A Century of British Consulates in China: A talk by Mark Bertram
A Century of British Consulates in China
Room for Diplomacy, Then and Now
What: A talk by Mark Bertram followed by Q&A, organised by RASBJ
Where: Residence of the British Ambassador to China, 15 Guanghua Lu, Beijing 北京市朝阳区光华路15号 英国驻华大使馆官邸
When: 1830, Tuesday 20th July
Dress: Smart casual
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The speaker, who lives in the UK, will be livestreamed into the Residence; he will not be present in-person. However, the audience will attend in-person. The event will also include a small collection of photographs, professional and amateur, of some of these buildings. Light refreshments and canapés will be provided. The event timings are as follows:
1830: Drinks reception and photo exhibition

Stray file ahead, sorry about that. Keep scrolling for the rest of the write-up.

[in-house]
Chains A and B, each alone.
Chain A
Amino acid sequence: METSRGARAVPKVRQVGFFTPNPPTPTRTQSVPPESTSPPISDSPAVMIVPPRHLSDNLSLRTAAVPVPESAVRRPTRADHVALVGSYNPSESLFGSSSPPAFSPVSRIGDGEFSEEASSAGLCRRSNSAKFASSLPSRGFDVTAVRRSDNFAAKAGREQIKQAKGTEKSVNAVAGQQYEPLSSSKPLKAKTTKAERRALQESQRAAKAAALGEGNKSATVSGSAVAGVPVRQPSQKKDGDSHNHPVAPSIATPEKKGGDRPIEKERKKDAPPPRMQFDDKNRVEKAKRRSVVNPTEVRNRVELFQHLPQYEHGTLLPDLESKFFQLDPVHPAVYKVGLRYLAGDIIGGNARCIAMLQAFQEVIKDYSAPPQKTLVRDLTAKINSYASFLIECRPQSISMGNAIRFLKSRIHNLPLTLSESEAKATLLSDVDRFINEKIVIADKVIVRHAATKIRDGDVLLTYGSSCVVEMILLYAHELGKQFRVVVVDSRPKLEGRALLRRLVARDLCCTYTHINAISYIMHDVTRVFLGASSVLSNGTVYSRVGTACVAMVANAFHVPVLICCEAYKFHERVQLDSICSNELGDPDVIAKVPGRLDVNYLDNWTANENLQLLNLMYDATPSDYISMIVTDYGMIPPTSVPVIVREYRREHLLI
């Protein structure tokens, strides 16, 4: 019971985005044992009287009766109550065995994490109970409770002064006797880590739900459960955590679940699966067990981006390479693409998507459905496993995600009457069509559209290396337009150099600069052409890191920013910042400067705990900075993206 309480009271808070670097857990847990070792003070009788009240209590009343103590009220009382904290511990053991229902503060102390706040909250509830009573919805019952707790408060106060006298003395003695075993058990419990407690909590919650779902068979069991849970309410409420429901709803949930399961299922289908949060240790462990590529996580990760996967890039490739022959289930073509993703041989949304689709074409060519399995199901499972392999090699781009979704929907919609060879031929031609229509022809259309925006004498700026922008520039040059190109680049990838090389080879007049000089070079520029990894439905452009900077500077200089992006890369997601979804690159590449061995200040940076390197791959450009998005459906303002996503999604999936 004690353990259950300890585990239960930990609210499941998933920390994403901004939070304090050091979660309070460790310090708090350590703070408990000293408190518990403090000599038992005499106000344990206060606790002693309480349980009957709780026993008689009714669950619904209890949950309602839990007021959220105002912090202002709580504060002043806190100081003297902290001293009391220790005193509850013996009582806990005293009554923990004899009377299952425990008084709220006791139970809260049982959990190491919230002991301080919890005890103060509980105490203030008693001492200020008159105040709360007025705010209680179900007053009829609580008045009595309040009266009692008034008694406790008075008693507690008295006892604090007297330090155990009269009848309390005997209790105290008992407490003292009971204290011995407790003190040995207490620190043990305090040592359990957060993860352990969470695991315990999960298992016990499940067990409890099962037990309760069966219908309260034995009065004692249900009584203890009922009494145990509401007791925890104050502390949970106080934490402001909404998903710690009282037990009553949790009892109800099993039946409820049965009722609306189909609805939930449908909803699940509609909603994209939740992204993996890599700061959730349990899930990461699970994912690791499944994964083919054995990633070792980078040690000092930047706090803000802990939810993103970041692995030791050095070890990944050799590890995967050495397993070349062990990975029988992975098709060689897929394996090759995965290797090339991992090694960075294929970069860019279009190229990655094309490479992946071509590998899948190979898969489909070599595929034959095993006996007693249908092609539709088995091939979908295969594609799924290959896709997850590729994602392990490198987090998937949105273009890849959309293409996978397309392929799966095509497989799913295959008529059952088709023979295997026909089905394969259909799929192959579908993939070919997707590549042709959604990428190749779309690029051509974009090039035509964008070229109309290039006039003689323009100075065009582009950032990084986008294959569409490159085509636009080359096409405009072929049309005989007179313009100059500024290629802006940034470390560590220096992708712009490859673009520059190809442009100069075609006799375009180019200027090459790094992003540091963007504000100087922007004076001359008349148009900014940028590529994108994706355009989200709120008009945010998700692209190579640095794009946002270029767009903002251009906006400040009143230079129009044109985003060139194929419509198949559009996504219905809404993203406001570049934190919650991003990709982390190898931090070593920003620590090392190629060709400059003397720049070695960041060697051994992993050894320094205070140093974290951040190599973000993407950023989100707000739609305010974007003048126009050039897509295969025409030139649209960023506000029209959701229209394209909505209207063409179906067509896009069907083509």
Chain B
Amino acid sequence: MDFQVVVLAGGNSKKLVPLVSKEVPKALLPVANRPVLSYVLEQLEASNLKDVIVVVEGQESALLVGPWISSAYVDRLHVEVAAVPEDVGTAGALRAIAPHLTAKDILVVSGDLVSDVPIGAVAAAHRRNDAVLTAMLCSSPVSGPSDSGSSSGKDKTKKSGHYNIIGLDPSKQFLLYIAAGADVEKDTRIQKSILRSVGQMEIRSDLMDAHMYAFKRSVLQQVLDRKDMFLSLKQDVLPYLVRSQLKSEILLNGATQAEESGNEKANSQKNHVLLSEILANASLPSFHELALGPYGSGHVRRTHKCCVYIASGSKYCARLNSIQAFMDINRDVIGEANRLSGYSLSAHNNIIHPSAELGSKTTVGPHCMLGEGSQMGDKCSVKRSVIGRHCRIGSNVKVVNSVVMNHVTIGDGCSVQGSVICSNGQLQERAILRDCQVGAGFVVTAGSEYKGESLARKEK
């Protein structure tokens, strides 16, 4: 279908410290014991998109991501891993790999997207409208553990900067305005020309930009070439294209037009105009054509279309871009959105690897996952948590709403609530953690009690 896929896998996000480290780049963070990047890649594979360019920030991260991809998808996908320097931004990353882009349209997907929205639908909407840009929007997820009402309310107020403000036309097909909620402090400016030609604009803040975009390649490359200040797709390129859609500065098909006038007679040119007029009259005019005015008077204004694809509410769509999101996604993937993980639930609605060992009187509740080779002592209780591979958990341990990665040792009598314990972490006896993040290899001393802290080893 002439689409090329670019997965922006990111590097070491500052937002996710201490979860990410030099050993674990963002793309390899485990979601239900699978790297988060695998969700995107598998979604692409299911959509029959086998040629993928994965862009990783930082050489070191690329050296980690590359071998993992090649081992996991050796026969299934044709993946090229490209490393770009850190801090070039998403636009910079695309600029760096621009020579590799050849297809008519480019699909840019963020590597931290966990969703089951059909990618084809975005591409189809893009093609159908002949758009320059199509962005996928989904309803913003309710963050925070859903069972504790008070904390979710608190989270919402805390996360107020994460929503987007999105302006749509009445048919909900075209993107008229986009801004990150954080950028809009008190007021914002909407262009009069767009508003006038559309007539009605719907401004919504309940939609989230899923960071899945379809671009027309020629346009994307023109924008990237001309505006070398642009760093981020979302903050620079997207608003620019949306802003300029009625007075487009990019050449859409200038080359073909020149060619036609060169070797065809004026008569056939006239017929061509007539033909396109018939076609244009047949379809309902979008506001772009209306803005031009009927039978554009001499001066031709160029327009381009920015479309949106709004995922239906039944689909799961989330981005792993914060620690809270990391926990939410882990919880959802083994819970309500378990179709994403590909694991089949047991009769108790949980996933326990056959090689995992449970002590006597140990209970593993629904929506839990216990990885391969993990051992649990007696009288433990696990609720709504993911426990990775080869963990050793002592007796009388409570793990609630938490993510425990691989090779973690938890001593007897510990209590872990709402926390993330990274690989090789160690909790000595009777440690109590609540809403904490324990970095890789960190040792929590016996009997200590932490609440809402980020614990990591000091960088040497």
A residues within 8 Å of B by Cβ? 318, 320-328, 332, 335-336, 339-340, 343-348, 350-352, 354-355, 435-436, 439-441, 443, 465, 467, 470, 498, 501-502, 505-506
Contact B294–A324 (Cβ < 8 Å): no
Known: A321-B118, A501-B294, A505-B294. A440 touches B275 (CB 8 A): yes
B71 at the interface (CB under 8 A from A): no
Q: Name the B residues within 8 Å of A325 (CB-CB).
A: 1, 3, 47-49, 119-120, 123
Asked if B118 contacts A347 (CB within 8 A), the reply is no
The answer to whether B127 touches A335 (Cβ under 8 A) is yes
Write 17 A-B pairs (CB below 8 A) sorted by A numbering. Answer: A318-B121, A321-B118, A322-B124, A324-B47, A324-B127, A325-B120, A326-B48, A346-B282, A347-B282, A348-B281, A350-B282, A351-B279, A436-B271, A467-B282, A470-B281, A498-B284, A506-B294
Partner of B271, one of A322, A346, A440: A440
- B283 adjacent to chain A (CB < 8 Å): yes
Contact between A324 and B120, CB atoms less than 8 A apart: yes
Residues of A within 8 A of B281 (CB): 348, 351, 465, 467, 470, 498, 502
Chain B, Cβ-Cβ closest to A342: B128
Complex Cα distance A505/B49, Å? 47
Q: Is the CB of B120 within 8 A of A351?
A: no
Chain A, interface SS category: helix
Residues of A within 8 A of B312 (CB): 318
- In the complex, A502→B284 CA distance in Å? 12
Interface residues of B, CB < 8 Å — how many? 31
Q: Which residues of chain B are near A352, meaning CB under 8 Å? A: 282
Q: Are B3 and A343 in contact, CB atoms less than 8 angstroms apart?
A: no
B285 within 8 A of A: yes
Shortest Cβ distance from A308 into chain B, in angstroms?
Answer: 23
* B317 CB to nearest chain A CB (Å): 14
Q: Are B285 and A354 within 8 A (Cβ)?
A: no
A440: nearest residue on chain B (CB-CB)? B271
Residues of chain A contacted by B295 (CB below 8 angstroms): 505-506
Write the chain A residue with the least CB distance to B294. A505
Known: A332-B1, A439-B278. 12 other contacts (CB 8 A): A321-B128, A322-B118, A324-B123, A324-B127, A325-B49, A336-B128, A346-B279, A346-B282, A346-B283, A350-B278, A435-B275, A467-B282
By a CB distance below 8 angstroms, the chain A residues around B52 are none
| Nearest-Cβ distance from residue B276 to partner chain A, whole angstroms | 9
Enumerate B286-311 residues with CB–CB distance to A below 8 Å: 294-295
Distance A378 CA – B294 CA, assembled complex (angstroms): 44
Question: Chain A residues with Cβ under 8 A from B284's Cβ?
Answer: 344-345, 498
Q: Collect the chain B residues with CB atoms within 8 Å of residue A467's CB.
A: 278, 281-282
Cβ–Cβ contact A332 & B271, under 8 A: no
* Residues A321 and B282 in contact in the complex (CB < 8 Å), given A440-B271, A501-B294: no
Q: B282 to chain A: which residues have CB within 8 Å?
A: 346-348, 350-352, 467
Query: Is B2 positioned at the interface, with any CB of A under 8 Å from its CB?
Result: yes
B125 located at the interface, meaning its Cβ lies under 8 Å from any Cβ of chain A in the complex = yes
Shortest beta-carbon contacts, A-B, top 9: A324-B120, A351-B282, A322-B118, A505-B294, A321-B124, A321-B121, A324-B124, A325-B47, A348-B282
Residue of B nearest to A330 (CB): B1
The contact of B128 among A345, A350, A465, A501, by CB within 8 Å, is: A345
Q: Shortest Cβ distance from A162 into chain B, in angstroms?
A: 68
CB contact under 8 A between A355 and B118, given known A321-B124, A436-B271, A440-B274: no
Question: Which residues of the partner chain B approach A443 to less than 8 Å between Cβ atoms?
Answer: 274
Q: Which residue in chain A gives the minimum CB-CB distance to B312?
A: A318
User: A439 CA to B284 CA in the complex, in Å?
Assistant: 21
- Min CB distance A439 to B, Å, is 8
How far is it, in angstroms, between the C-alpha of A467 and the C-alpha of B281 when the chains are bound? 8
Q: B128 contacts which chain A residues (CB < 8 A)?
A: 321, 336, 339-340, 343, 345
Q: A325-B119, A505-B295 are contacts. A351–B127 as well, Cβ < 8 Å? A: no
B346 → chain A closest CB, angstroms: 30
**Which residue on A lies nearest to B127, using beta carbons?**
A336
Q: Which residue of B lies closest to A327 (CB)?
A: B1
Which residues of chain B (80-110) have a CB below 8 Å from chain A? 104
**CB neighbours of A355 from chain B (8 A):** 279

1900: Talk begins
2000: Event ends
Mr Bertram will be speaking about his research into the history of British consulate buildings in China: Britain opened almost 50 consulates in China during the century that began with the Treaty of Nanking in 1842 and ended during the Second World War. Most of them were at treaty ports that were opened for trade in the second half of the nineteenth century. Almost all of the buildings occupied by the consulates were designed and built by a small office of Britain’s Ministry of Works in Shanghai. This illustrated talk is about the origin, purpose, development and demise of these consulates and their buildings. A few of the buildings are still standing and house a variety of modern uses: others could be further researched.
Mark Bertram trained as an architect and became a professional civil servant. One of his first roles was as a Government Regional Architect in the Far East, based in Hong Kong in the early 1970s. He spent much of his later career managing all of Britain’s diplomatic buildings overseas, and wrote their definitive history, called Room for Diplomacy. He hosts a website of the same name, which comprises a catalogue of the buildings world-wide, past and present